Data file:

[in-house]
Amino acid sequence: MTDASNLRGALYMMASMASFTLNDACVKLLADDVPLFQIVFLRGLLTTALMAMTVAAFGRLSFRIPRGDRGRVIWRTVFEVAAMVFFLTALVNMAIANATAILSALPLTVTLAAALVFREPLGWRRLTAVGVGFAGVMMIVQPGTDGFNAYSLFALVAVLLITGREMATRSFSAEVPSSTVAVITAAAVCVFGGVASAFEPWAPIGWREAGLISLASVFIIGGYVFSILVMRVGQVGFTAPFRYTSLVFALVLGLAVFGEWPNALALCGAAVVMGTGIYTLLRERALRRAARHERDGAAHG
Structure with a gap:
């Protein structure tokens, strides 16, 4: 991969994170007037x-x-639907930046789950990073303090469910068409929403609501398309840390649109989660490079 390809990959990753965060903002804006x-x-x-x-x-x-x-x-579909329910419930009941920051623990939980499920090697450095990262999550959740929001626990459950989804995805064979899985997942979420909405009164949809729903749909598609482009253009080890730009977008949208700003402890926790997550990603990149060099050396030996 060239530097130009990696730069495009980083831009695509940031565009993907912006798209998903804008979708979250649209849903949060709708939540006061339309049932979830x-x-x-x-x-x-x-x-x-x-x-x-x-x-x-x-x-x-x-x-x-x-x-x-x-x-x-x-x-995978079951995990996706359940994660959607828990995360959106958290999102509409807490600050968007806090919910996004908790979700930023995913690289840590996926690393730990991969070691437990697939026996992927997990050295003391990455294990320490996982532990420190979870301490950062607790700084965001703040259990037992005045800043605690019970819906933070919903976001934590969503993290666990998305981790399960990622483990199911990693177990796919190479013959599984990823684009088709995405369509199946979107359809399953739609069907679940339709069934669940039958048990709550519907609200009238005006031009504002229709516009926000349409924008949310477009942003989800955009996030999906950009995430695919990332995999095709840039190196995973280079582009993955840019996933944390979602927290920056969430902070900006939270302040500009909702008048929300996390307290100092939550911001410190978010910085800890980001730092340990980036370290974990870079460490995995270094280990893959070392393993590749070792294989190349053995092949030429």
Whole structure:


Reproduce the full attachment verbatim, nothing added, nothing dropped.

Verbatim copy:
[in-house]
Amino acid sequence: MTDASNLRGALYMMASMASFTLNDACVKLLADDVPLFQIVFLRGLLTTALMAMTVAAFGRLSFRIPRGDRGRVIWRTVFEVAAMVFFLTALVNMAIANATAILSALPLTVTLAAALVFREPLGWRRLTAVGVGFAGVMMIVQPGTDGFNAYSLFALVAVLLITGREMATRSFSAEVPSSTVAVITAAAVCVFGGVASAFEPWAPIGWREAGLISLASVFIIGGYVFSILVMRVGQVGFTAPFRYTSLVFALVLGLAVFGEWPNALALCGAAVVMGTGIYTLLRERALRRAARHERDGAAHG
Structure with a gap:
């Protein structure tokens, strides 16, 4: 991969994170007037x-x-639907930046789950990073303090469910068409929403609501398309840390649109989660490079 390809990959990753965060903002804006x-x-x-x-x-x-x-x-579909329910419930009941920051623990939980499920090697450095990262999550959740929001626990459950989804995805064979899985997942979420909405009164949809729903749909598609482009253009080890730009977008949208700003402890926790997550990603990149060099050396030996 060239530097130009990696730069495009980083831009695509940031565009993907912006798209998903804008979708979250649209849903949060709708939540006061339309049932979830x-x-x-x-x-x-x-x-x-x-x-x-x-x-x-x-x-x-x-x-x-x-x-x-x-x-x-x-x-995978079951995990996706359940994660959607828990995360959106958290999102509409807490600050968007806090919910996004908790979700930023995913690289840590996926690393730990991969070691437990697939026996992927997990050295003391990455294990320490996982532990420190979870301490950062607790700084965001703040259990037992005045800043605690019970819906933070919903976001934590969503993290666990998305981790399960990622483990199911990693177990796919190479013959599984990823684009088709995405369509199946979107359809399953739609069907679940339709069934669940039958048990709550519907609200009238005006031009504002229709516009926000349409924008949310477009942003989800955009996030999906950009995430695919990332995999095709840039190196995973280079582009993955840019996933944390979602927290920056969430902070900006939270302040500009909702008048929300996390307290100092939550911001410190978010910085800890980001730092340990980036370290974990870079460490995995270094280990893959070392393993590749070792294989190349053995092949030429």
Whole structure: